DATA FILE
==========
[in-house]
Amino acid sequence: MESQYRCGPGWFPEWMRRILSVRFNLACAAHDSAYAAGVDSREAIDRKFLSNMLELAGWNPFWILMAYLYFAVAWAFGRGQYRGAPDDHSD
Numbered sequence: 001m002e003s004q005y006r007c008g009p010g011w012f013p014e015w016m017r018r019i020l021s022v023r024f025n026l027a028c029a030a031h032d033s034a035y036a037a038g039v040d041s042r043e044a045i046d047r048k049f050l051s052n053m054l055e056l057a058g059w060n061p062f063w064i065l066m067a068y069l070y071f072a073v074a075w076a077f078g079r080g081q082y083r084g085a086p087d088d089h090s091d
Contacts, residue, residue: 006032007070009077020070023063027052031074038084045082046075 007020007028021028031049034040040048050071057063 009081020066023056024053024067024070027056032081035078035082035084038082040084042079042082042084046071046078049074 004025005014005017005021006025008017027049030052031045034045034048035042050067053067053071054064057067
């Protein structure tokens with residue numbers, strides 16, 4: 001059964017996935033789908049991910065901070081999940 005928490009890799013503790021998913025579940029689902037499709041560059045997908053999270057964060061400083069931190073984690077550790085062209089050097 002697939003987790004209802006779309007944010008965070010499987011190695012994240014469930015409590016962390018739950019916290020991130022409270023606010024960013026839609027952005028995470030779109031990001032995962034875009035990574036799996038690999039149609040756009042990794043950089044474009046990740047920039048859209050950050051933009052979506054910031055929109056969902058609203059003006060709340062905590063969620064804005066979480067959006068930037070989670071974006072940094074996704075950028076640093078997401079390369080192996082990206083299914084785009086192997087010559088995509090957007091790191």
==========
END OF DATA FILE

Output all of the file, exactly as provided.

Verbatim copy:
[in-house]
Amino acid sequence: MESQYRCGPGWFPEWMRRILSVRFNLACAAHDSAYAAGVDSREAIDRKFLSNMLELAGWNPFWILMAYLYFAVAWAFGRGQYRGAPDDHSD
Numbered sequence: 001m002e003s004q005y006r007c008g009p010g011w012f013p014e015w016m017r018r019i020l021s022v023r024f025n026l027a028c029a030a031h032d033s034a035y036a037a038g039v040d041s042r043e044a045i046d047r048k049f050l051s052n053m054l055e056l057a058g059w060n061p062f063w064i065l066m067a068y069l070y071f072a073v074a075w076a077f078g079r080g081q082y083r084g085a086p087d088d089h090s091d
Contacts, residue, residue: 006032007070009077020070023063027052031074038084045082046075 007020007028021028031049034040040048050071057063 009081020066023056024053024067024070027056032081035078035082035084038082040084042079042082042084046071046078049074 004025005014005017005021006025008017027049030052031045034045034048035042050067053067053071054064057067
């Protein structure tokens with residue numbers, strides 16, 4: 001059964017996935033789908049991910065901070081999940 005928490009890799013503790021998913025579940029689902037499709041560059045997908053999270057964060061400083069931190073984690077550790085062209089050097 002697939003987790004209802006779309007944010008965070010499987011190695012994240014469930015409590016962390018739950019916290020991130022409270023606010024960013026839609027952005028995470030779109031990001032995962034875009035990574036799996038690999039149609040756009042990794043950089044474009046990740047920039048859209050950050051933009052979506054910031055929109056969902058609203059003006060709340062905590063969620064804005066979480067959006068930037070989670071974006072940094074996704075950028076640093078997401079390369080192996082990206083299914084785009086192997087010559088995509090957007091790191």